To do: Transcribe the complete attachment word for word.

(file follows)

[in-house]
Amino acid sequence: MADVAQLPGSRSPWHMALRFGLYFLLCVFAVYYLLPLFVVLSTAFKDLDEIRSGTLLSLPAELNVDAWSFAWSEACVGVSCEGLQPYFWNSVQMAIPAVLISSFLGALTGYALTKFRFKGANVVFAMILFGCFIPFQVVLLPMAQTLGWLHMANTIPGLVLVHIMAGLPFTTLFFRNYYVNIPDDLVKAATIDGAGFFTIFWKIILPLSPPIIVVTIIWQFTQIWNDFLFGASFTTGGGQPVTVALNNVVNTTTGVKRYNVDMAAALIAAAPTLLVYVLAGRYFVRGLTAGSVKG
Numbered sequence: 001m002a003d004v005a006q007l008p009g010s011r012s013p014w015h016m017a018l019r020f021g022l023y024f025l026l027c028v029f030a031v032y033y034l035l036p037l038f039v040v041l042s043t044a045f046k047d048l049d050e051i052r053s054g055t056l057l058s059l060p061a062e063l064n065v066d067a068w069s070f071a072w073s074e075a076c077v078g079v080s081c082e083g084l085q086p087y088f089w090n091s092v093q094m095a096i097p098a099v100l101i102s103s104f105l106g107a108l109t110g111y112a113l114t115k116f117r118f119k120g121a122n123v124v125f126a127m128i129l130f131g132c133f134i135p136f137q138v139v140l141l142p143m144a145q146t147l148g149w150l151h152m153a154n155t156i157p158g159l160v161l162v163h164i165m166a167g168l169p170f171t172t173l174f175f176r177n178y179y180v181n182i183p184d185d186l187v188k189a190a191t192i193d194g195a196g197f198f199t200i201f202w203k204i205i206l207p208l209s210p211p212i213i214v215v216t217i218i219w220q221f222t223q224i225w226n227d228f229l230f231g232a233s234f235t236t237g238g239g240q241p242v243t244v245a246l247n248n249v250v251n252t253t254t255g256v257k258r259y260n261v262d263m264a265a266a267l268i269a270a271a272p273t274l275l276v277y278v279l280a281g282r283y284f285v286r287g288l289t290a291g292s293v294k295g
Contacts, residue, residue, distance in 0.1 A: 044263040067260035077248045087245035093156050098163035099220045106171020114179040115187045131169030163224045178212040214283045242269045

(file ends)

[in-house]
Amino acid sequence: MADVAQLPGSRSPWHMALRFGLYFLLCVFAVYYLLPLFVVLSTAFKDLDEIRSGTLLSLPAELNVDAWSFAWSEACVGVSCEGLQPYFWNSVQMAIPAVLISSFLGALTGYALTKFRFKGANVVFAMILFGCFIPFQVVLLPMAQTLGWLHMANTIPGLVLVHIMAGLPFTTLFFRNYYVNIPDDLVKAATIDGAGFFTIFWKIILPLSPPIIVVTIIWQFTQIWNDFLFGASFTTGGGQPVTVALNNVVNTTTGVKRYNVDMAAALIAAAPTLLVYVLAGRYFVRGLTAGSVKG
Numbered sequence: 001m002a003d004v005a006q007l008p009g010s011r012s013p014w015h016m017a018l019r020f021g022l023y024f025l026l027c028v029f030a031v032y033y034l035l036p037l038f039v040v041l042s043t044a045f046k047d048l049d050e051i052r053s054g055t056l057l058s059l060p061a062e063l064n065v066d067a068w069s070f071a072w073s074e075a076c077v078g079v080s081c082e083g084l085q086p087y088f089w090n091s092v093q094m095a096i097p098a099v100l101i102s103s104f105l106g107a108l109t110g111y112a113l114t115k116f117r118f119k120g121a122n123v124v125f126a127m128i129l130f131g132c133f134i135p136f137q138v139v140l141l142p143m144a145q146t147l148g149w150l151h152m153a154n155t156i157p158g159l160v161l162v163h164i165m166a167g168l169p170f171t172t173l174f175f176r177n178y179y180v181n182i183p184d185d186l187v188k189a190a191t192i193d194g195a196g197f198f199t200i201f202w203k204i205i206l207p208l209s210p211p212i213i214v215v216t217i218i219w220q221f222t223q224i225w226n227d228f229l230f231g232a233s234f235t236t237g238g239g240q241p242v243t244v245a246l247n248n249v250v251n252t253t254t255g256v257k258r259y260n261v262d263m264a265a266a267l268i269a270a271a272p273t274l275l276v277y278v279l280a281g282r283y284f285v286r287g288l289t290a291g292s293v294k295g
Contacts, residue, residue, distance in 0.1 A: 044263040067260035077248045087245035093156050098163035099220045106171020114179040115187045131169030163224045178212040214283045242269045